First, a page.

The latest trip I’ve gone to was still inside good ol’ New Zealand. As the title says, I did the Tongariro Alpine Crossing. My partner, Rory, had done this before a fair few years ago, but I never have. As a native New Zealander, and a kind of fan of Lord of the Rings, it has been on my to-do list for a while. Now I’m not in the best shape, but this hike didn’t seem too daunting. At least not as bad as the Salkantay Trek up to Machu Picchu I did a few years back. So, a deal came up on TreatMe, we took it and went over Waitangi Weekend.

If anyone is interested, here’s a link to a map of the day hike: Tongariro Crossing

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We stayed at a lodge in Owhango, and got dropped off at around 7am at the Mangatepopo carpark. Already at the beginning, there was a lot of people. This is a very popular day hike (one of the most popular), especially on a weekend in summer. The guide who dropped us off said there was likely 1200 people hiking on this day. This led to very long lines for the toilet, as they are far and few between on this hike. So after a not-so-quick rest stop, we set off at around 7.20am. This hike is said to take around 5 1/2 to 6 hours if you’re just doing the main walk, so we were looking at finishing at around 1-1.30pm.

The coolest part about this hike is the scenery. It changes so much as you go through it. From Mangatepopo carpark, we were walking through grass and hills, and then you start following this walkway through wetlands. I will also say, it was very hot at this point, so Rory and I ditched the thermals. (Another note about this hike, everyone and all the sites warn you that there are drastic changes in weather, and they were not kidding.) I really enjoyed this beginning part of the hike, it’s easy and relaxing and was a nice stroll. This first part of the trek took us about an hour.

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Soda Springs is a 5-minute detour from the main path. It’s worth going to take a look, and having a bit of a meander. There is also a toilet near this area, the last one until Ketetahi Hut. So I would suggest using it, as it’s a long way to go till the next one (I didn’t, so it made the hike slightly less enjoyable that last hour before Ketetahi). From here, it gets a lot tougher, and a lot colder. All the thermals and jackets came back on. There’s a lot of steep uphill climbs, but once you’re at the top, you get to look back down and see all the people down below.

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Then there’s a lot of flat ground as you walk along the valley. There’s an area to the side where people have been using rocks to write messages which is neat to have a stop at. Two guys went down and began writing their own message, it started with “Send”. I asked Rory what he thought they were writing, he suggested “Send Nudes”, we could kinda see a N starting to take form, so we agreed it was that. Stay classy, random dudes.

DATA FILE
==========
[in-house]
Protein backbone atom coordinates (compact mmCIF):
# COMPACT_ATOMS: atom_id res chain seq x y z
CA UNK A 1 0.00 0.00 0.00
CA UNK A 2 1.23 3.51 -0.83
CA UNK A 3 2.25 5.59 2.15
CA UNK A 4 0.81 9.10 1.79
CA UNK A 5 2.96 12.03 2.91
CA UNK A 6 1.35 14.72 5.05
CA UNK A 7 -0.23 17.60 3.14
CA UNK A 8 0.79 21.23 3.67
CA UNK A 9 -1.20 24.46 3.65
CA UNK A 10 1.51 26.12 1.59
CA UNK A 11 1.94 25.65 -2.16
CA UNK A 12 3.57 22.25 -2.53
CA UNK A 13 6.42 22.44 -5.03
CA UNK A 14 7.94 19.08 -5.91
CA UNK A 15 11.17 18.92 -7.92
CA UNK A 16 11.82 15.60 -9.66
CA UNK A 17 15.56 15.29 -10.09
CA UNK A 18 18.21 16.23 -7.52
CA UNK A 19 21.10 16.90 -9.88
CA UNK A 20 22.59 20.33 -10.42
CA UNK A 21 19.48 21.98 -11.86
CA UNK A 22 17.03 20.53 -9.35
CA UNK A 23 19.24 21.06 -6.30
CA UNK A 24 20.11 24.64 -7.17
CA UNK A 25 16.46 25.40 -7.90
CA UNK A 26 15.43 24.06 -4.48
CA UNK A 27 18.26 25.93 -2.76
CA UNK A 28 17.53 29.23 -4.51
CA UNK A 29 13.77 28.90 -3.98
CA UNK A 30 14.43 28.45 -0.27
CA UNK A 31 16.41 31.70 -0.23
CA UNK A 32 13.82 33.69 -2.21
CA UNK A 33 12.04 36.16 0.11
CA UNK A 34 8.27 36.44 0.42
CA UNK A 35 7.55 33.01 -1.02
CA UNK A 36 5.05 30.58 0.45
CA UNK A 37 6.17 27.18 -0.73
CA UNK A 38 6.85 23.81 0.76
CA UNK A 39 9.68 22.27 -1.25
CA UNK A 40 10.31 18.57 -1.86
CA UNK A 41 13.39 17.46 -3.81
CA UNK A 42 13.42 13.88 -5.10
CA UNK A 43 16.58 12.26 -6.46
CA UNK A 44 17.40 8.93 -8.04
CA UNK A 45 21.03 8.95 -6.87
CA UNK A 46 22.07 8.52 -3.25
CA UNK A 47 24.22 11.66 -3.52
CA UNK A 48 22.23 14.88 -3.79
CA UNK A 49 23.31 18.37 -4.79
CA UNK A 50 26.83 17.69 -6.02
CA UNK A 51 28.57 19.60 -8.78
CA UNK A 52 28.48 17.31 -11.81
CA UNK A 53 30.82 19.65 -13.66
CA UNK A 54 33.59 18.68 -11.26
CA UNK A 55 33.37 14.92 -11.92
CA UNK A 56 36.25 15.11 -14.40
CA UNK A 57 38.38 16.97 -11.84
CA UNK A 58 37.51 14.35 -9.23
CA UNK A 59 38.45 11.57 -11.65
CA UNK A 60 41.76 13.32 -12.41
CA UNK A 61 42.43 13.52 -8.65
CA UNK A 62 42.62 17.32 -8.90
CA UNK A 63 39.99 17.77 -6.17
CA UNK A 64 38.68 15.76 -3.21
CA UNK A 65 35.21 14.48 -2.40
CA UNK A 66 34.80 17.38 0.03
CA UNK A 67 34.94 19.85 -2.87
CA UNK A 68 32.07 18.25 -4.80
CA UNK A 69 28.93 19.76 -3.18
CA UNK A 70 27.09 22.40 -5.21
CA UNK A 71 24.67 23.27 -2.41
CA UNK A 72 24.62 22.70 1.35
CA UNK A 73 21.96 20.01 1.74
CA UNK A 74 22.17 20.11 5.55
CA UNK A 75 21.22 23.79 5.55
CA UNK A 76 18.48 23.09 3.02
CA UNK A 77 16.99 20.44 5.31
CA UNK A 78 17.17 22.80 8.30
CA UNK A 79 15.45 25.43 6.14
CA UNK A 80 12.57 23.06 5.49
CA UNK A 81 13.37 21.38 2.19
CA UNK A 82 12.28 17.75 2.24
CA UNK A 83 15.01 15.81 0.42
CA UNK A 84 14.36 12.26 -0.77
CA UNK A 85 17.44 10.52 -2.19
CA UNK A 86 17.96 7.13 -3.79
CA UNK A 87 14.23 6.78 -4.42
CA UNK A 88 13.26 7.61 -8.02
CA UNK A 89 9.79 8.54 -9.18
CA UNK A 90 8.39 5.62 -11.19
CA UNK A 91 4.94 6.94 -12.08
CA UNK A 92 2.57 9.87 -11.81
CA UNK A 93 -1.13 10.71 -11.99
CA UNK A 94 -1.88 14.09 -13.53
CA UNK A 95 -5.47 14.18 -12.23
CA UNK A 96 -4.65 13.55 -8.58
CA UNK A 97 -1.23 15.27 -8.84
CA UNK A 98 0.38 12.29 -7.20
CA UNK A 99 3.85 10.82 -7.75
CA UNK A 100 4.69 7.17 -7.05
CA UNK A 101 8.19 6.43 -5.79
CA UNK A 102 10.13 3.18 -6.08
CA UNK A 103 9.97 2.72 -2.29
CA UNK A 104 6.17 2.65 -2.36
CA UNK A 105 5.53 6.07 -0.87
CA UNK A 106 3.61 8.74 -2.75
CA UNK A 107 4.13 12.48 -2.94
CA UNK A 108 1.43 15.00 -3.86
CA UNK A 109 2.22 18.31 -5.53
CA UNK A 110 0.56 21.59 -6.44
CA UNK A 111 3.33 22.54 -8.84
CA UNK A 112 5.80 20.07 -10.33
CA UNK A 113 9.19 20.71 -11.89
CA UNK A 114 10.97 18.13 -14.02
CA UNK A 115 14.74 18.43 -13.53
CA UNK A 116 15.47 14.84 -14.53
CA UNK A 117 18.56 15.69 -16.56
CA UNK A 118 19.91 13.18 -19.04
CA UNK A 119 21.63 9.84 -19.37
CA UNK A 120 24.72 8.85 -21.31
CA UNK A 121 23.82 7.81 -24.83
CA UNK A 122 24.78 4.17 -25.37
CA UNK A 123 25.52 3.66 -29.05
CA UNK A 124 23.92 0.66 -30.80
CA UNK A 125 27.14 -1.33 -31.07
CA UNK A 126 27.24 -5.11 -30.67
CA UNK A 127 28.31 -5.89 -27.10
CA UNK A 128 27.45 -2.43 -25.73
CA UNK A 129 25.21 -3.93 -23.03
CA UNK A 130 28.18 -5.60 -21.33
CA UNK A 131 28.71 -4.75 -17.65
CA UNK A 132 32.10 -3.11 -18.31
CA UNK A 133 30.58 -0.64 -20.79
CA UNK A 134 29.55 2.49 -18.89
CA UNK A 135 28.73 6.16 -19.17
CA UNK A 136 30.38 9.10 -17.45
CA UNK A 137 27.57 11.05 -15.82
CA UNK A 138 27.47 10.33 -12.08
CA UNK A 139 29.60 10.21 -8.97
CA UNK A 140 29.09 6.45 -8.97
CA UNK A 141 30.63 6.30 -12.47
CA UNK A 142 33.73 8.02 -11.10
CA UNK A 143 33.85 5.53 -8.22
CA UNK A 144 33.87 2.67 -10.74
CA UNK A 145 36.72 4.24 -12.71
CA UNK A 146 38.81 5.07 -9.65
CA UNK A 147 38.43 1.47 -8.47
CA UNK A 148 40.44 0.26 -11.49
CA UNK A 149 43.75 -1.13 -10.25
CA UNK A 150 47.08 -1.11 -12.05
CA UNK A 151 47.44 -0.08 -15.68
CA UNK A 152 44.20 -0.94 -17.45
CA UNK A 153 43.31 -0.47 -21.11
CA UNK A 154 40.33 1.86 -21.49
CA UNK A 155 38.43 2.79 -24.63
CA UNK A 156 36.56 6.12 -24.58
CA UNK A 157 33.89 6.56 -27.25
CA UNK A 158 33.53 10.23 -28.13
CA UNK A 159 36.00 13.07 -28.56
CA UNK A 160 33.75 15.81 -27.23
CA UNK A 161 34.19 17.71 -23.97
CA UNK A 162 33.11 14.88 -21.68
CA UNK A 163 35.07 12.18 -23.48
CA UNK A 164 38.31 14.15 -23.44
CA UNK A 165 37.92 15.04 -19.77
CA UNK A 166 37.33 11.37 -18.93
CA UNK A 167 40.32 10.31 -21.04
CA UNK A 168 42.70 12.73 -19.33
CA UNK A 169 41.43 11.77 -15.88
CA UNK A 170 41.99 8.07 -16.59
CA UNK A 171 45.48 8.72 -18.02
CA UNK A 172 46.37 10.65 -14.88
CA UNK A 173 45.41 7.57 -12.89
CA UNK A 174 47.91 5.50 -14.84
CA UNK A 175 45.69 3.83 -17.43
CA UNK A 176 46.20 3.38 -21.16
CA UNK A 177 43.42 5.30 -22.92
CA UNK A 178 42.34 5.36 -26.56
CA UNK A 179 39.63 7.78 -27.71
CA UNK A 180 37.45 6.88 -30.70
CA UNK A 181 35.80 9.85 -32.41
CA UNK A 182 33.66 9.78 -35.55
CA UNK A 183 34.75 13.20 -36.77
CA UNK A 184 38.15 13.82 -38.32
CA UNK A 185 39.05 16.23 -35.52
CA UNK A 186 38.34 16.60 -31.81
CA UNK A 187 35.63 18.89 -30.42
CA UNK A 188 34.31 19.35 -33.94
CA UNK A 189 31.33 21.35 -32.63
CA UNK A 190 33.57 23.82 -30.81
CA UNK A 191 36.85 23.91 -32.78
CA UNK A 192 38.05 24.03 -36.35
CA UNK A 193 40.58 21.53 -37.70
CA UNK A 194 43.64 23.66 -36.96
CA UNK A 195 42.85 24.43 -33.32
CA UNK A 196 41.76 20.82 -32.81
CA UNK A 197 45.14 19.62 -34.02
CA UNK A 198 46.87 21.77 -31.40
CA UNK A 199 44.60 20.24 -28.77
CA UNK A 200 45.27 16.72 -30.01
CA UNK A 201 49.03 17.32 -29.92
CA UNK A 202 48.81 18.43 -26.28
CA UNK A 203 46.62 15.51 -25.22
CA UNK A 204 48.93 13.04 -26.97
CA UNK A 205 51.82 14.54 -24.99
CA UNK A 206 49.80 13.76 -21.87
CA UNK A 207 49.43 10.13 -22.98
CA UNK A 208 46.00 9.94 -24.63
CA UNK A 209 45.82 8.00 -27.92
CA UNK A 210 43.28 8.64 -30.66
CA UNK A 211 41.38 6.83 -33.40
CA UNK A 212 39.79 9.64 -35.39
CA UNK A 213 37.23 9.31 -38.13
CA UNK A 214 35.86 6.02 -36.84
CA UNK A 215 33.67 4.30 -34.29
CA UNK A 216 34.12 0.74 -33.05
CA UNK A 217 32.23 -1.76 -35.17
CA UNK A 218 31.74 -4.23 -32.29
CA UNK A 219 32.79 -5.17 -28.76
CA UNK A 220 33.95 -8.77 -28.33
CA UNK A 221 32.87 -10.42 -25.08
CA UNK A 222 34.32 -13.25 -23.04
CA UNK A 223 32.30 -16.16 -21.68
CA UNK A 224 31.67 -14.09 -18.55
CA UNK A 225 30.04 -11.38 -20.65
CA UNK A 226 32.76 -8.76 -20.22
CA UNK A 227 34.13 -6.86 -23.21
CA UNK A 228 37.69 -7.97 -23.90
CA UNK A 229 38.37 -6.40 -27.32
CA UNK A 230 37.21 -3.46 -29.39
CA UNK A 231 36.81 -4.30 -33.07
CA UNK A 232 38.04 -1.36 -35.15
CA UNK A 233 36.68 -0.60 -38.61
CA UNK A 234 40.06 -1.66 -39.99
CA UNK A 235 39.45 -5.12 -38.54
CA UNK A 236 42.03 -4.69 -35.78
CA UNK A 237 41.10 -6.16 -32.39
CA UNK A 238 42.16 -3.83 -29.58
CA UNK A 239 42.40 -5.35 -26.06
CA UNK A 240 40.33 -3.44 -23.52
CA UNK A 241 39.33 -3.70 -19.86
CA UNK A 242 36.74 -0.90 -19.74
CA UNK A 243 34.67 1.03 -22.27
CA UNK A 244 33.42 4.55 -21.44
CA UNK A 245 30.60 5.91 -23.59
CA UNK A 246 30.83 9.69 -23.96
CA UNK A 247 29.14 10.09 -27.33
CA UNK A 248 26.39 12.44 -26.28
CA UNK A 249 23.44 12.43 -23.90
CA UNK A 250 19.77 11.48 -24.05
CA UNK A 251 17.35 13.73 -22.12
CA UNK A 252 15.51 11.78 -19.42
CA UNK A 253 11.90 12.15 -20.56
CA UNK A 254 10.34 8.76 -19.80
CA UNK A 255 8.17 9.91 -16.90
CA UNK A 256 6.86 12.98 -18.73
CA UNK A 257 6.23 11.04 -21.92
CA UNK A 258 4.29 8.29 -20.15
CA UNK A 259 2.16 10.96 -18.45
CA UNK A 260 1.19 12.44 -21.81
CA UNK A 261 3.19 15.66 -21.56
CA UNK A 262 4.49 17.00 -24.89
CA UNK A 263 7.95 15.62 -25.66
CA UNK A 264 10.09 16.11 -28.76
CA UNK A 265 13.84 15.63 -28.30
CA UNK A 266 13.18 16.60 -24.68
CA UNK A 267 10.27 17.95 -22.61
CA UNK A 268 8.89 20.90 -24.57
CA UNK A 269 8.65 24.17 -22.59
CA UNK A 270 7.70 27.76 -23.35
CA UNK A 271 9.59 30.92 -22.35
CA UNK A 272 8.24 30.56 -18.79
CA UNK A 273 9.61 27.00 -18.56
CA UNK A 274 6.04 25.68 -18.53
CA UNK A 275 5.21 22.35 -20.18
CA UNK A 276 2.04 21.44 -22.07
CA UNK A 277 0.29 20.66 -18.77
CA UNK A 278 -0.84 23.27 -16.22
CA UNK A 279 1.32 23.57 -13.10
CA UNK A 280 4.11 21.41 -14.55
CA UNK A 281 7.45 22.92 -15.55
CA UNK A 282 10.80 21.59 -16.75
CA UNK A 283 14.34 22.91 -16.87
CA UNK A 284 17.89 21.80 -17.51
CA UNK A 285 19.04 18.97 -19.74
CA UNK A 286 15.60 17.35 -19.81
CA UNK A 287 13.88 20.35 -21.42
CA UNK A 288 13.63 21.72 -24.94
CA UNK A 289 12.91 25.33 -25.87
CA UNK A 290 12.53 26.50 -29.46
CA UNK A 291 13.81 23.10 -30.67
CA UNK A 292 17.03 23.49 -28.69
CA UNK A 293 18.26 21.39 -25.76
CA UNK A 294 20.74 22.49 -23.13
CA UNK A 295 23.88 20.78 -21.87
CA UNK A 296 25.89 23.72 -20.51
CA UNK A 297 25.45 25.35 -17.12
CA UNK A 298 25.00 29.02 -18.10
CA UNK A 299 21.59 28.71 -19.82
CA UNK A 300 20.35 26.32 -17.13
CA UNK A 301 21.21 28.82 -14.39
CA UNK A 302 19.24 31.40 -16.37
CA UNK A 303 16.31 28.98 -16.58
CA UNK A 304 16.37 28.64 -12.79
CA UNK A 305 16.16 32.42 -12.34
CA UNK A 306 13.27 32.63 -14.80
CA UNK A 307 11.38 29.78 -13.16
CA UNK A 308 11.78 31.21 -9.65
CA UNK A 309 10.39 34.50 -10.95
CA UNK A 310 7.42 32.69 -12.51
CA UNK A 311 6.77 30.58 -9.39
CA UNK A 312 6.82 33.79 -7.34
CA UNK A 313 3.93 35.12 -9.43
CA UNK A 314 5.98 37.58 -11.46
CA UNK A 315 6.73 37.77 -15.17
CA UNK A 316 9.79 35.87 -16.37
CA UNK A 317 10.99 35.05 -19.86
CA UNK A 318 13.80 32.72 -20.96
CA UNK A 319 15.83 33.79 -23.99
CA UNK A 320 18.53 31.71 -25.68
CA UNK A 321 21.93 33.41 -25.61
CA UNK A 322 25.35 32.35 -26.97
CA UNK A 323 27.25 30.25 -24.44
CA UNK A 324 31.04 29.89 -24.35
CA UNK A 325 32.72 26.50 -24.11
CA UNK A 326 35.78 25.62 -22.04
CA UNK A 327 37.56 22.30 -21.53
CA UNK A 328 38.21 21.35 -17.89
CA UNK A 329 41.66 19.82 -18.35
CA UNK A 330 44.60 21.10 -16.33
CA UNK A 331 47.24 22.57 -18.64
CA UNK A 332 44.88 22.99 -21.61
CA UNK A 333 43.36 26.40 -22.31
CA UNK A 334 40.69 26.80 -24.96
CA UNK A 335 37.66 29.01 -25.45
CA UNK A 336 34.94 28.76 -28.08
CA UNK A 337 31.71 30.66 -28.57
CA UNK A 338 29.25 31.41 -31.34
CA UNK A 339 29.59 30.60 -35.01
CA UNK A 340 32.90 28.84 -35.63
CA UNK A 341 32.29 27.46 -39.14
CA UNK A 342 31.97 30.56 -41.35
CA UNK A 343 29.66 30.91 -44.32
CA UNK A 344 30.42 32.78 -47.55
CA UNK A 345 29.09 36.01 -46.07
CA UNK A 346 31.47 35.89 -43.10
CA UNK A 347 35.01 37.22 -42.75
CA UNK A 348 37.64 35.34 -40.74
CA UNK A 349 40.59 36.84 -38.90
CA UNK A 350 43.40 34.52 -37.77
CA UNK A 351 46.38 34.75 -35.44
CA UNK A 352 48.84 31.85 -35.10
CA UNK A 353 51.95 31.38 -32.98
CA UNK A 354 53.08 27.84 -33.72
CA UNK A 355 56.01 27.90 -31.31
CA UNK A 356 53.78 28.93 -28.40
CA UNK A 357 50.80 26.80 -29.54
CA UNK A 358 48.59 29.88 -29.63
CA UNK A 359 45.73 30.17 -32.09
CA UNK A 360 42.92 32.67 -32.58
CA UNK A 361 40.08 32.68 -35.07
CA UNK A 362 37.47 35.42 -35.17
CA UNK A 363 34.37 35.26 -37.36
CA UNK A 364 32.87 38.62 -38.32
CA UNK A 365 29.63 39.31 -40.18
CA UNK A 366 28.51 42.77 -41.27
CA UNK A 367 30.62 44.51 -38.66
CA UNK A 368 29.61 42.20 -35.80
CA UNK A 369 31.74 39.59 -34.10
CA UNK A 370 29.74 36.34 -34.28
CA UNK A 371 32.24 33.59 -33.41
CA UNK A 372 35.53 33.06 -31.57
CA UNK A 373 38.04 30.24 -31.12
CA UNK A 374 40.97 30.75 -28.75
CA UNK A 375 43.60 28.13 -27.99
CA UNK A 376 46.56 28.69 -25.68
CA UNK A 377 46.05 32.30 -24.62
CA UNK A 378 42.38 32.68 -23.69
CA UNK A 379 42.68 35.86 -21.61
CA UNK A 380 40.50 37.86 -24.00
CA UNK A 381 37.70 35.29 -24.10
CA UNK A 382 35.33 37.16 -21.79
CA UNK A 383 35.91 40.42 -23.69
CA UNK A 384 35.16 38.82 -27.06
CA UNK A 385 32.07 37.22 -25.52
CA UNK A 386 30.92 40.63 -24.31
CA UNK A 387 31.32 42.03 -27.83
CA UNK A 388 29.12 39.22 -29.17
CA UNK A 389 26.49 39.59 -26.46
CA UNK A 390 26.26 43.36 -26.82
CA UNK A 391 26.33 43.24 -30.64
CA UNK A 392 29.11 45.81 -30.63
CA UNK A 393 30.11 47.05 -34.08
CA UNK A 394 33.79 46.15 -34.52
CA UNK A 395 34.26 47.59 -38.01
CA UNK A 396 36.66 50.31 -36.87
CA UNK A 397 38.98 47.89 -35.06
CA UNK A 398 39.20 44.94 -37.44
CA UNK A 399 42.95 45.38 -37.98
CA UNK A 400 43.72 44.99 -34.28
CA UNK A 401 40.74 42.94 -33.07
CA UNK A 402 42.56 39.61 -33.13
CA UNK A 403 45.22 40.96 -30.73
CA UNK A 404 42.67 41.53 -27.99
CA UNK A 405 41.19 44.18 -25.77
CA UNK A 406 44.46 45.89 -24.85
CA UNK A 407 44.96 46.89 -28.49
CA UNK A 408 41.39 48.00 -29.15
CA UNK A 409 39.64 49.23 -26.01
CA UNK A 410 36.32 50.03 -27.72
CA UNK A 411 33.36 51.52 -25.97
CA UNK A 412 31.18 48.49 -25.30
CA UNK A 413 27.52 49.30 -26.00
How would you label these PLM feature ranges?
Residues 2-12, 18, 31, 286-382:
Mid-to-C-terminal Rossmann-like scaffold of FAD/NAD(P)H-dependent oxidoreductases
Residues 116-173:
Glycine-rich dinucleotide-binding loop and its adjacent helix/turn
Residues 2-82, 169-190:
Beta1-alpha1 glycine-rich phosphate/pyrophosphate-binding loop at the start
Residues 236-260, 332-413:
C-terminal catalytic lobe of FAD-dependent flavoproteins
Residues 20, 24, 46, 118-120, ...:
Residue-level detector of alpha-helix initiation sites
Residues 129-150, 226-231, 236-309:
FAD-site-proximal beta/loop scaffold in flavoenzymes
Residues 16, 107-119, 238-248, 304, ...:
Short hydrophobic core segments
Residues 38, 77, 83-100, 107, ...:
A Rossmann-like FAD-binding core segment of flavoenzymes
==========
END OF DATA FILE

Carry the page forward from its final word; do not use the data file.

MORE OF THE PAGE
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The next bit to tackle was the aptly named “Devil’s Staircase”. I stopped many times during this part. I often wheezed out Rory’s name to get his attention that I needed to rest for a bit. This was definitely the most challenging part of the hike, but just keep trucking on, and drink lots of water.

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At the top, you get a really nice view of Mt Ngauruhoe a.k.a Mt Doom. I also recently found out that it’s still an active volcano. If you want to (and are fit enough), you can climb the summit, which takes an extra 3 hours to get up and down. We passed on that.

There’s still more uphill, but once you finish that, you reach Red Crater. From there you also get a view of the Emerald Lakes, which is what I was most keen to see.

The way down to the lakes was the funnest part. The ground isn’t at all stable here, so there’s lots of loose stones and dirt. I took it slow and steady at first, but Rory zoomed down by digging his feet in and ‘slid’ down in a weird skiing motion. I followed suit, and we passed a lot of people this way and reached the lakes in no time!

From Soda Springs to here, it took us around two hours. We stopped here for a bit to have some snacks and just enjoy the scenery. Then we made our way over to the Blue Lake and had another break.

From here to the Ketetahi Hut, I didn’t take as many photos, I got caught up in looking around and just enjoying myself. Once you see the hut, it takes a lot longer to get down to it than I thought it would, as you have to zigzag down the walkway, as the ground isn’t stable. This part took under an hour. We stopped at the hut and sat in the shade to have some lunch.

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The final section of the walk is from the hut to the carpark where you get picked up. It got really hot at this part again, and we walked past many people who were starting the walk from the Ketetahi side. We were told that the last part is often referred to as “the endless jungle”, and lots of people preferred to jog or run in this area. It really did feel endless, it didn’t seem like any of the previous parts of the hike. It was spectacular. Course, by this point I was starting to feel my legs getting exhausted, so I became focused on reaching the end. Then, suddenly, the jungle turned into a carpark, and we had made it! This last part took us an hour.

All in all, the hike took us around 5 and a half hours. We spent the rest of the afternoon back at the lodge relaxing and lounging. I would definitely recommend doing this hike. I would want to do it again myself, now that I know what I’m getting into. My legs were definitely stiff for a few days after though.

Angela.

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